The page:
Steckler Gresham Cochran has filed suit again a St. Louis sperm bank after a baby was diagnosed with Thalassemia, an inherited blood disorder that in severe cases requires a lifetime of blood transfusions.
From the Riverfront Times
It was never supposed to show up in the baby that a St. Louis couple conceived in 2015 using donor sperm.
That’s because the donor had been screened for just that genetic disease — or at least, that’s what the paperwork from the Manhattan Cryobank had stated. But according to a lawsuit first filed in St. Louis city circuit court last November, the sperm donor did indeed carry the trait for thalassemia alpha, an incurable disease that impairs the body’s ability to manufacture blood cells and the oxygen-carrying protein hemoglobin.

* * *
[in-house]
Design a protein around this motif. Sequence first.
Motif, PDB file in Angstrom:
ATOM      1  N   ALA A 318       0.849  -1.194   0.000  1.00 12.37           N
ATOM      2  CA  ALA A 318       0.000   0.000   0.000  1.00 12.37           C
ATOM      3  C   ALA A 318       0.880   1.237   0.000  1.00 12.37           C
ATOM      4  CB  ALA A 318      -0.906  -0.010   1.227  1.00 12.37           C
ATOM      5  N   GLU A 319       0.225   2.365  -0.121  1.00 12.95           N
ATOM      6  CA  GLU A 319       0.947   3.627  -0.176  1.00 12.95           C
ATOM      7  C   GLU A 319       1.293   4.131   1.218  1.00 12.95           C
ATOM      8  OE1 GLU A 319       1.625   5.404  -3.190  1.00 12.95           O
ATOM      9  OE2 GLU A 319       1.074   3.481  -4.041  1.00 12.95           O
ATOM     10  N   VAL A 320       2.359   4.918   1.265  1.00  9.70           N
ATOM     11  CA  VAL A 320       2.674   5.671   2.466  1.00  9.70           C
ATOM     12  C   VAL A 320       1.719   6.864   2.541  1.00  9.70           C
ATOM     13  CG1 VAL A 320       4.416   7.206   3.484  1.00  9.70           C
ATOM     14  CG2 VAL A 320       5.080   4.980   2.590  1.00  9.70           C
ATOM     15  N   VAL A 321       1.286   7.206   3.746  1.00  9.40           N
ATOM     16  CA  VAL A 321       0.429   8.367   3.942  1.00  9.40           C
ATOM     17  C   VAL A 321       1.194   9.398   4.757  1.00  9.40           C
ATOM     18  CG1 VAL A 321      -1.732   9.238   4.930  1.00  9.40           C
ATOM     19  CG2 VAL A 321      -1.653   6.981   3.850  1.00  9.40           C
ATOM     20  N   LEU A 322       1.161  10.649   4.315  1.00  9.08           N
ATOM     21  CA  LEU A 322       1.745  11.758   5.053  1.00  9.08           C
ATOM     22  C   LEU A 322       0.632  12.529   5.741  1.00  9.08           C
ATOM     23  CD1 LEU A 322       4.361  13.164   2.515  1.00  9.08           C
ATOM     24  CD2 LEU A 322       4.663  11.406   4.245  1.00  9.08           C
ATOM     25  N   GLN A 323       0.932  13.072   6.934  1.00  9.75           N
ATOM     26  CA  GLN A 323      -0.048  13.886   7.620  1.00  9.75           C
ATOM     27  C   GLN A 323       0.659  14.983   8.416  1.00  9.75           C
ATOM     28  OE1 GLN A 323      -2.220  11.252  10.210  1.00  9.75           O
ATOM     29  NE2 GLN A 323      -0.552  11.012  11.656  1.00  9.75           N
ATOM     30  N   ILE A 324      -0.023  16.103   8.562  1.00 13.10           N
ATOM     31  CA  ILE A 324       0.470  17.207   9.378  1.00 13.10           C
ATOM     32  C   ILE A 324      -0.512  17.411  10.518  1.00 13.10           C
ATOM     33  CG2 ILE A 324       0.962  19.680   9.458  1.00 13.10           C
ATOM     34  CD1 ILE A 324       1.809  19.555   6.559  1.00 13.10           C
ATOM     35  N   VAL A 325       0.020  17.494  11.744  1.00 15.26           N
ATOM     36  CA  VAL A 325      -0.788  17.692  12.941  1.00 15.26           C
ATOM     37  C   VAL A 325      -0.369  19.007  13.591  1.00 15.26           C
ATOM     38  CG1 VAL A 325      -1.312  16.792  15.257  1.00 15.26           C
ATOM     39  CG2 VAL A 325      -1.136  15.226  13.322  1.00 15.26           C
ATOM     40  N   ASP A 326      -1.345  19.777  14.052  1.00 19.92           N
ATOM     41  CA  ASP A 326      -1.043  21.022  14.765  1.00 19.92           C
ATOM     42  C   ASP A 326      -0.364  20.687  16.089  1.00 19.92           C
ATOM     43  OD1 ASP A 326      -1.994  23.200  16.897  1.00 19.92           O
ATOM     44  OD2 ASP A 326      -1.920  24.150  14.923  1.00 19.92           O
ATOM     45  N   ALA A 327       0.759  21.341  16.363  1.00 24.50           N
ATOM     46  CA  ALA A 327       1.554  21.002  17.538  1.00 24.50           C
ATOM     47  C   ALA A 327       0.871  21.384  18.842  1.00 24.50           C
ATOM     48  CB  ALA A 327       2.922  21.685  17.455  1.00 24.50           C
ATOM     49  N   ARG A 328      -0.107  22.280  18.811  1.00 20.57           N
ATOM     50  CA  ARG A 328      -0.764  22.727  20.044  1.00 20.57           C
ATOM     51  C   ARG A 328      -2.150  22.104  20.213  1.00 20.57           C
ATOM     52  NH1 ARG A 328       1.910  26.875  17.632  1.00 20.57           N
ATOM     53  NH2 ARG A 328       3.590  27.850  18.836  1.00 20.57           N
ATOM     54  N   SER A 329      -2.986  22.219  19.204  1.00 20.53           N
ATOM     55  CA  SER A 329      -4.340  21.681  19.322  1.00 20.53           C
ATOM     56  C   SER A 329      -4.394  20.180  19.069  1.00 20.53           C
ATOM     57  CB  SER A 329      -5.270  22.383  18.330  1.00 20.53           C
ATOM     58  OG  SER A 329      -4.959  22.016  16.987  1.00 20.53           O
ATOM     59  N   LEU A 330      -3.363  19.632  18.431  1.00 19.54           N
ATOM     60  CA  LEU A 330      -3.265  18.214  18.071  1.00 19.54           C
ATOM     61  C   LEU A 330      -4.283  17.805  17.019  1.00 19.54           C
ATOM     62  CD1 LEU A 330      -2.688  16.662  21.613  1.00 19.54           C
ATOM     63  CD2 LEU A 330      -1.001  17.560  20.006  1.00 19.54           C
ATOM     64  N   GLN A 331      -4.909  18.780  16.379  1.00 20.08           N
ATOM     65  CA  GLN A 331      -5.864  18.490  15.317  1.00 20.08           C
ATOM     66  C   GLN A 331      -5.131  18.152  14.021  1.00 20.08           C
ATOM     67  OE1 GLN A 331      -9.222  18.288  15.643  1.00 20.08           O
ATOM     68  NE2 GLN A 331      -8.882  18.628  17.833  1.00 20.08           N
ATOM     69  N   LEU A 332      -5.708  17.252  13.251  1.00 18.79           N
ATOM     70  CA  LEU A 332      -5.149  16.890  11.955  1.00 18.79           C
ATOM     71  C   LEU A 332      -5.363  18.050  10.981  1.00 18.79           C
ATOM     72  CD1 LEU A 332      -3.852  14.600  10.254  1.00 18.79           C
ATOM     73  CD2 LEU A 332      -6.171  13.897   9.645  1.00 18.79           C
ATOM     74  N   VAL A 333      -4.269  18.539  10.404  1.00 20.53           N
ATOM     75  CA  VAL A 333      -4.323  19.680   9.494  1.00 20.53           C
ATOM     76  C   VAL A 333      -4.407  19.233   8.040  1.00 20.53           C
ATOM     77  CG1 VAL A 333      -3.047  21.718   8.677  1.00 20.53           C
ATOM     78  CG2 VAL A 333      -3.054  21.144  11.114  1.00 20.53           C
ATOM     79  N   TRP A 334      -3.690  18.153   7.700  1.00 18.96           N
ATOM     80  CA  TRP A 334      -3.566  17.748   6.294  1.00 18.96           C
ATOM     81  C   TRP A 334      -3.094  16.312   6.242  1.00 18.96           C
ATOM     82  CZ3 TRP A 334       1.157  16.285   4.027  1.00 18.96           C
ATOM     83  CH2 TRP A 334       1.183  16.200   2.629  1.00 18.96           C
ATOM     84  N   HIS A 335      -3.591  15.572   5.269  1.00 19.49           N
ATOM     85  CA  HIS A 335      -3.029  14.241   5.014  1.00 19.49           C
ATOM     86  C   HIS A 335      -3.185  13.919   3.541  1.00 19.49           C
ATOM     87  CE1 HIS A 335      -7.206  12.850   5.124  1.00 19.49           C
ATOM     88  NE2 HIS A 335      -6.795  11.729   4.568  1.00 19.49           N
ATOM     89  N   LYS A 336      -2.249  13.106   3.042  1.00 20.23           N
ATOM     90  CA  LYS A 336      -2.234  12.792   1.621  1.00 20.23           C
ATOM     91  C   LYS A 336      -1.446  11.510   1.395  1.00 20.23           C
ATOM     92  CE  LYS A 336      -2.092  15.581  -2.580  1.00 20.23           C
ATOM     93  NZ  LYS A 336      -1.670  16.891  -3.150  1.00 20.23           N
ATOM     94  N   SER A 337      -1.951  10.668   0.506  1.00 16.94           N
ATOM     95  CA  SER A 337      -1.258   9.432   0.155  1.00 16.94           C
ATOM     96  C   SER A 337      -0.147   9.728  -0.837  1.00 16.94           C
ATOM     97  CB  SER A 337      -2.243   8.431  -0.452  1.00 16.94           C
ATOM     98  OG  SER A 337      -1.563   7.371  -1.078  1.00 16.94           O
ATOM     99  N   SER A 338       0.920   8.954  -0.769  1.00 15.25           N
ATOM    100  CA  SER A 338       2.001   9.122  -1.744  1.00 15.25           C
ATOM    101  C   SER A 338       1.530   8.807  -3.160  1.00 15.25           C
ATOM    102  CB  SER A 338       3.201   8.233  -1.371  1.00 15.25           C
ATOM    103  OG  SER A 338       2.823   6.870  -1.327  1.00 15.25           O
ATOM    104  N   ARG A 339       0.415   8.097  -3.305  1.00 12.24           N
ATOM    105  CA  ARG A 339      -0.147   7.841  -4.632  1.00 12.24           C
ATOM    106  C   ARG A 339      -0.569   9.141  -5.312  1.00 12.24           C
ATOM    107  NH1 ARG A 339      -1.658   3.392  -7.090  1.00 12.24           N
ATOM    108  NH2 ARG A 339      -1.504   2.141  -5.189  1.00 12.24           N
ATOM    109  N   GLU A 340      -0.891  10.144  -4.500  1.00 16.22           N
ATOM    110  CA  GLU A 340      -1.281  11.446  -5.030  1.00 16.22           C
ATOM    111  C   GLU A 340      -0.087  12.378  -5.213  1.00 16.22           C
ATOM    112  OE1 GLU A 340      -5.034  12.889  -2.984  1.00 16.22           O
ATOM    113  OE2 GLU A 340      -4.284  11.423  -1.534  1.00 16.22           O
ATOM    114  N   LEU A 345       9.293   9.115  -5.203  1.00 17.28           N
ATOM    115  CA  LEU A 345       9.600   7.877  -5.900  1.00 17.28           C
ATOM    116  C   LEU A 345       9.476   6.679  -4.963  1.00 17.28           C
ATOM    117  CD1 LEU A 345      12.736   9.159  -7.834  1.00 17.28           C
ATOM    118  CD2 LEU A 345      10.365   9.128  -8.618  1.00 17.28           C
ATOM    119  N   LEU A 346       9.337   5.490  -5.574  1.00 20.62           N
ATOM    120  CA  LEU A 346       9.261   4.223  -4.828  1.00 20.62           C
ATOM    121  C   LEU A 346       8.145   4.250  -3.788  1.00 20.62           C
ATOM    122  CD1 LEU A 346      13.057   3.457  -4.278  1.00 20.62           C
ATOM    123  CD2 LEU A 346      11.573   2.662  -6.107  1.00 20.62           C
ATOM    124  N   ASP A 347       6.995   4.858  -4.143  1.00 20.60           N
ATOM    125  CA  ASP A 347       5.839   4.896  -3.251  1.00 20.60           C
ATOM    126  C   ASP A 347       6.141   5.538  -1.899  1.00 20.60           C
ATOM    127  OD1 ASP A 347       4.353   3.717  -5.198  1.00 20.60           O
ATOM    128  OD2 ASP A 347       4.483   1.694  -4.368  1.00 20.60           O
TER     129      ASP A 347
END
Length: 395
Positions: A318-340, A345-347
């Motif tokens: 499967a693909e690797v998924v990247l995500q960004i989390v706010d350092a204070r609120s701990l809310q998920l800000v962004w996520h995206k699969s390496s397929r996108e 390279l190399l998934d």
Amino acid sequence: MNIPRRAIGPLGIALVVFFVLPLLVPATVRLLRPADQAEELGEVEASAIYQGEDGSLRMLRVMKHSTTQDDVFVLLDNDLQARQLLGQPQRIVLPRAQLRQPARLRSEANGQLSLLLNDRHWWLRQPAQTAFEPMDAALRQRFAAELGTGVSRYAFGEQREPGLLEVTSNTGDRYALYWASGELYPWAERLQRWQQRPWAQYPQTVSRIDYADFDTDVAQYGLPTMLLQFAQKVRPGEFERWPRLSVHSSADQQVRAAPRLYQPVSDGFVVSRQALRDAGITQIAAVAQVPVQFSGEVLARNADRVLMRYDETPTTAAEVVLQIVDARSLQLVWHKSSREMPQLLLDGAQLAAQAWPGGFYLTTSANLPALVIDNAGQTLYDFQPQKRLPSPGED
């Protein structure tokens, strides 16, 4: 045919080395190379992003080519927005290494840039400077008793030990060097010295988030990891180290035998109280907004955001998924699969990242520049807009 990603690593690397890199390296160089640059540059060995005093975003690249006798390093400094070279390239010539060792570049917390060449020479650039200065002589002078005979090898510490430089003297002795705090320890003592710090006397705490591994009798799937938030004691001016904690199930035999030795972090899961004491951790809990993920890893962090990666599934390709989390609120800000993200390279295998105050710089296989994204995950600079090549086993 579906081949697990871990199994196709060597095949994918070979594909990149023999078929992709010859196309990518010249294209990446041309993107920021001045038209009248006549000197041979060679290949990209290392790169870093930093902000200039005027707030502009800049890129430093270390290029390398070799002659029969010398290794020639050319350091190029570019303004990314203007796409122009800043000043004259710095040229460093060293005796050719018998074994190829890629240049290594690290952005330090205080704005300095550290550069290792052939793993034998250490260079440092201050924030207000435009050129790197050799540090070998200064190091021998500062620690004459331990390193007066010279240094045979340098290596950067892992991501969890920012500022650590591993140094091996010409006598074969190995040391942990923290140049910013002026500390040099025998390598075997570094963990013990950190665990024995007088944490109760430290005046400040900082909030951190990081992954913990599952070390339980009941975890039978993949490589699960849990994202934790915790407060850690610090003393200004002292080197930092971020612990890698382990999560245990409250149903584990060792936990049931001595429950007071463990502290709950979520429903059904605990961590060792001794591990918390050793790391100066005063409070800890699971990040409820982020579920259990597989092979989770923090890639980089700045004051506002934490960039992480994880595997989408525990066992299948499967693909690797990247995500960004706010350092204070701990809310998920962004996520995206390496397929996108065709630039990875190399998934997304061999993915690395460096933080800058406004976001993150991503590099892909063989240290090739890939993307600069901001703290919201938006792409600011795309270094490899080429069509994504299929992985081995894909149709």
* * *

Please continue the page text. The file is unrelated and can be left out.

The lawsuit, which was transferred this week to the federal court in the Eastern District of Missouri, accuses the New York-based sperm bank of defrauding the local couple by misrepresenting its screening process for sperm donors.
The lawsuit quotes from the agreement signed between the sperm bank and couple in 2015. The paperwork, which the couple signed before buying the sperm from Donor 184, stated that medical tests showed “no evidence of such inheritable diseases… in the donor(s) who semen will be used in the Recipients.”
But in November 2015, when Elliott’s partner gave birth, their child was soon diagnosed with thalassemia alpha. The lawsuit cites a cost analysis for a lifetime medical care: $3.6 million, which is how much the the lawsuit is now seeking in a jury trial.
Published by Danny Wicentowski
Fri, Feb 8, 2019